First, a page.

Soviet-era phenotype chart used by police to identify ethnicity.

Soviet-era phenotype chart used by police to identify ethnicity.

This card was used by police in the Soviet Union to identify different nationalities by facial phenotypes. Originally it was developed by a group of Soviet criminologists based on various mugshot collections. The exact date is unknown, however, based on few Soviet sources, these typical faces sketches were made in 1960-1965. In the nomenclature of the USSR people weren’t classified based on their race or ethnicity.

USSR documents carried two entries: grazhdanstvo (citizenship): Soviet and nationalnost’ (nationality): Armenian, Russian, Jew, Kazakh etc. This “nationality” was not equal to citizenship or residence in one of the constituent SSRs, but independent. You could be a Soviet citizen with “nationality: Kazakh” born and raised in the Ukrainian SSR.

The Soviet Union was an ethnically diverse country, with more than 100 distinct ethnic groups. According to a 1990 estimate, the majority were Russians (50.78%), followed by Ukrainians (15.45%) and Uzbeks (5.84%).

All citizens of the USSR had their own ethnic affiliation. The ethnicity of a person was chosen at the age of sixteen by the child’s parents. If the parents did not agree, the child was automatically assigned the ethnicity of the father.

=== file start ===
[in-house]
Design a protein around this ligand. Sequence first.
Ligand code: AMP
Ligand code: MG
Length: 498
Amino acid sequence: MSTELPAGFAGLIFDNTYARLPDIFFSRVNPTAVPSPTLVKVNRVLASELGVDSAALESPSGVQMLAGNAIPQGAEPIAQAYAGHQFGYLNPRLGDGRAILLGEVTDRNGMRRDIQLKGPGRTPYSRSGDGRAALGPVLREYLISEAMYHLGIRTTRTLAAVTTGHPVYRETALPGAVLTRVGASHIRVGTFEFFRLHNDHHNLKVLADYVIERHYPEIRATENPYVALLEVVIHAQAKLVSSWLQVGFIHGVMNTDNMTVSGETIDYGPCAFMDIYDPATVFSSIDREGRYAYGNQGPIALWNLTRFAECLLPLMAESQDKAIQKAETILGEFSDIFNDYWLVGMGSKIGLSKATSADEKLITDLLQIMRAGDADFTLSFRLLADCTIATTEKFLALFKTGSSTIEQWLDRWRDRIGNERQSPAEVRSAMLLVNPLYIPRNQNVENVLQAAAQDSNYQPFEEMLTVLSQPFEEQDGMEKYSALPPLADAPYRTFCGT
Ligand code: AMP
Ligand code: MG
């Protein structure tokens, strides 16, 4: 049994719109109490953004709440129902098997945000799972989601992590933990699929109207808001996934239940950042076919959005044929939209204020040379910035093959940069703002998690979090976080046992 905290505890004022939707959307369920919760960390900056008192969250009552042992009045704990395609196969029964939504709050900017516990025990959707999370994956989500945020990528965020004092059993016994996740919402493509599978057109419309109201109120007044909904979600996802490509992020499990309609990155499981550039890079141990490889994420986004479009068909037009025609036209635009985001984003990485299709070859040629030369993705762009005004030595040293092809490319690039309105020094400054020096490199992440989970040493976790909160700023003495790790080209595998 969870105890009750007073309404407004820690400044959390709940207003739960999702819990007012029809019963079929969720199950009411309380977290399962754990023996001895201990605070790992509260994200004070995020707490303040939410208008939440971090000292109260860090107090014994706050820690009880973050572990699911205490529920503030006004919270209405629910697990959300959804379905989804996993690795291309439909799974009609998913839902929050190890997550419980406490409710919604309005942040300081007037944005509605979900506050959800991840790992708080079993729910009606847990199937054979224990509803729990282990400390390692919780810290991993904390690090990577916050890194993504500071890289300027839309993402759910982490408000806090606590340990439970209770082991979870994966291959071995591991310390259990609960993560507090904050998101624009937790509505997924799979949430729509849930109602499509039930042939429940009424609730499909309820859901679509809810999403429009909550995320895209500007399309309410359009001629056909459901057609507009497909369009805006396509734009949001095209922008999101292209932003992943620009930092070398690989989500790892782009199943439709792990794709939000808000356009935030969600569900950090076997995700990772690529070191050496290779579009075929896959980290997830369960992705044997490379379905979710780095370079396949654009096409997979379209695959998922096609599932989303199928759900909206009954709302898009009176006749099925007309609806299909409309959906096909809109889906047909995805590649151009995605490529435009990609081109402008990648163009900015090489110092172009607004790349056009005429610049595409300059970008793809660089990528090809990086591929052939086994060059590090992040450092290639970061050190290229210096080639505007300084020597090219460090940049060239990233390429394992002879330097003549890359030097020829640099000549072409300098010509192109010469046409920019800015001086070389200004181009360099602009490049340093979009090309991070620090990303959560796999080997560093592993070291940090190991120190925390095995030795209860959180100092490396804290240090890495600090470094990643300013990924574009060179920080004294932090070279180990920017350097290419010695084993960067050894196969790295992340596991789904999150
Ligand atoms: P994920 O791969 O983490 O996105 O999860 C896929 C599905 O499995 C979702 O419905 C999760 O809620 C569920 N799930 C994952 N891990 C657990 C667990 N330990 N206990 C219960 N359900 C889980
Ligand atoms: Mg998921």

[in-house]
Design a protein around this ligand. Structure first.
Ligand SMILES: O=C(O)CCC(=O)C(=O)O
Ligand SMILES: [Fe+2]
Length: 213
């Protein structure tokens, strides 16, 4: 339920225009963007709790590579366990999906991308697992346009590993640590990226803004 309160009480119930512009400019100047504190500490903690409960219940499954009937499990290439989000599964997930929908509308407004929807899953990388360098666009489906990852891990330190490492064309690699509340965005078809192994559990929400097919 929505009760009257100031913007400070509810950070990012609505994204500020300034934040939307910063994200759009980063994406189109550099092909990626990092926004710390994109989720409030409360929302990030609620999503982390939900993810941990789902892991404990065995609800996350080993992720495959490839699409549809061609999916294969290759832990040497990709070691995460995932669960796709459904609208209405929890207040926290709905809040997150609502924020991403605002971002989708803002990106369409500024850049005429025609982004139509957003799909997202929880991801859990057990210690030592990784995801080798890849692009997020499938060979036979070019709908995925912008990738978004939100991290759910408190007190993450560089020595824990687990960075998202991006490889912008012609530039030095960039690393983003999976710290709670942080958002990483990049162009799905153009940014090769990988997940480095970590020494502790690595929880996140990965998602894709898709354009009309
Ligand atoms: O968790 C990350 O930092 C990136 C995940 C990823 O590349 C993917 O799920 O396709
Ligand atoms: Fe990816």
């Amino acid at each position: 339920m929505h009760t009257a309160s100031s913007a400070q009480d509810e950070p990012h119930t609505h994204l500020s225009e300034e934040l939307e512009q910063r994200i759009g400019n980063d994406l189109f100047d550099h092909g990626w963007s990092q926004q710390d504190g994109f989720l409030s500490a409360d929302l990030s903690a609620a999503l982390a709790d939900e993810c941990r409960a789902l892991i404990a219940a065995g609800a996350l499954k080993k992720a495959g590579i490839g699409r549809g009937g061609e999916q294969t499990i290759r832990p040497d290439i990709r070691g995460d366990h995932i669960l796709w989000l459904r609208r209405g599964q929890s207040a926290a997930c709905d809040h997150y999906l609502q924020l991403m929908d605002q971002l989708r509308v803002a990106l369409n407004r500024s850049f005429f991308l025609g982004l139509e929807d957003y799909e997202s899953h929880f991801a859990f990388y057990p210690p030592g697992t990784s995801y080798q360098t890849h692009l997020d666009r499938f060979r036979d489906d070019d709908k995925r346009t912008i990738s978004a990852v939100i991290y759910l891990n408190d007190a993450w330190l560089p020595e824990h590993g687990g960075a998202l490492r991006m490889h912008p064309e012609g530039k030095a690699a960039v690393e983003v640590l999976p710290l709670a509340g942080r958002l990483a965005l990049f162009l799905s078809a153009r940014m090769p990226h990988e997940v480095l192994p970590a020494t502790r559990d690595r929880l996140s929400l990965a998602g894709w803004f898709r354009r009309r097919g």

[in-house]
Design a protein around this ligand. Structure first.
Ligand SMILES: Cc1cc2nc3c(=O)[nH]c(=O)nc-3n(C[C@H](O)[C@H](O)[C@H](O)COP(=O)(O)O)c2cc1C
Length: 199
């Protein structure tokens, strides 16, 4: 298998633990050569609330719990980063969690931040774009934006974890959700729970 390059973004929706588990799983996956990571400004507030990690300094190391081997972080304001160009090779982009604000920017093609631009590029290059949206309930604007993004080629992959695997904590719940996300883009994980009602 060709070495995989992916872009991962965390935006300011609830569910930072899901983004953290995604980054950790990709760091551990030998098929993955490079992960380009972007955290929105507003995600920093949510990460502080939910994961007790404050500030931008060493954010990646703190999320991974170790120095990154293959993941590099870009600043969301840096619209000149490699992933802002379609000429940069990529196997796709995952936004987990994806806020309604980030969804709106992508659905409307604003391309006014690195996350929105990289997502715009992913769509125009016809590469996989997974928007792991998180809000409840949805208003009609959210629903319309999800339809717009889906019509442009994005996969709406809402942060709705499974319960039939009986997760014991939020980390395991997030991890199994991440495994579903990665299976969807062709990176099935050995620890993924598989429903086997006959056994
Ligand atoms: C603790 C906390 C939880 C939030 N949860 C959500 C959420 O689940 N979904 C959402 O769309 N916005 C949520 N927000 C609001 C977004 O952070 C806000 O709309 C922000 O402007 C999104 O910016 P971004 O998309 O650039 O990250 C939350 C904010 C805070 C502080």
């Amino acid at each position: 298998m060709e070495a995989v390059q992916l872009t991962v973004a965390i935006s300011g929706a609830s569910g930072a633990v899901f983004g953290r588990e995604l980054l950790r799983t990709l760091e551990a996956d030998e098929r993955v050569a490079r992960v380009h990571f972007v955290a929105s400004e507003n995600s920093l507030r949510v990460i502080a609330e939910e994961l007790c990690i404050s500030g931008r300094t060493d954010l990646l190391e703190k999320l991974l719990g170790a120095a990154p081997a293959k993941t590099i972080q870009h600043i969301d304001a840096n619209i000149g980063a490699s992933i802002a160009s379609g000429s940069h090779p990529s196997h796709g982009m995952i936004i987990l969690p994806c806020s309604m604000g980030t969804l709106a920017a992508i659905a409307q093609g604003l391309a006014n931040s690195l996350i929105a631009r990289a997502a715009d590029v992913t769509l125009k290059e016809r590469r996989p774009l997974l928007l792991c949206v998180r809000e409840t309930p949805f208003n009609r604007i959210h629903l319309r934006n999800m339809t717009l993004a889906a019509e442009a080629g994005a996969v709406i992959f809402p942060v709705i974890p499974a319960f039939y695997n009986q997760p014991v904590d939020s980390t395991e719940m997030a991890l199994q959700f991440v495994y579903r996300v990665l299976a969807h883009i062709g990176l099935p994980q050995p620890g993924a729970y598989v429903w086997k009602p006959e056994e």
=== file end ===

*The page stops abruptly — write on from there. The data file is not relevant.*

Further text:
Typical faces of different ethnicities in Soviet Union.

Typical faces of different ethnicities in Soviet Union.

Partly due to Soviet policies, some of the smaller minority ethnic groups were considered part of larger ones, such as the Mingrelians of Georgia, who were classified with the linguistically related Georgians. Some ethnic groups voluntarily assimilated, while others were brought in by force. Russians, Belarusians, and Ukrainians shared close cultural ties, while other groups did not.

Some nationalities developed a relatively strong sense of nationalism that was based on resentment against incorporation into the Russian (and subsequently Soviet) empire, dissatisfaction with subordinate status within this system, and some desire for autonomy and even independence.

At this same time, other nationalities were characterized by what might be called a weaker sense of nationalism, that did not attach such significance to historical, cultural, territorial, and linguistic differences.

Examples of the weaker definitions of nationalism included Belorussia, Moldavia, and especially the predominantly Muslim populations in Azerbaijan, Uzbekistan, Tajikistan, Kazakhstan, and Turkmenistan, where religious and cultural identities that transcended territorial boundaries coexisted with patterns of economic underdevelopment.

(Photo credit: State Archive of the Russian Federation).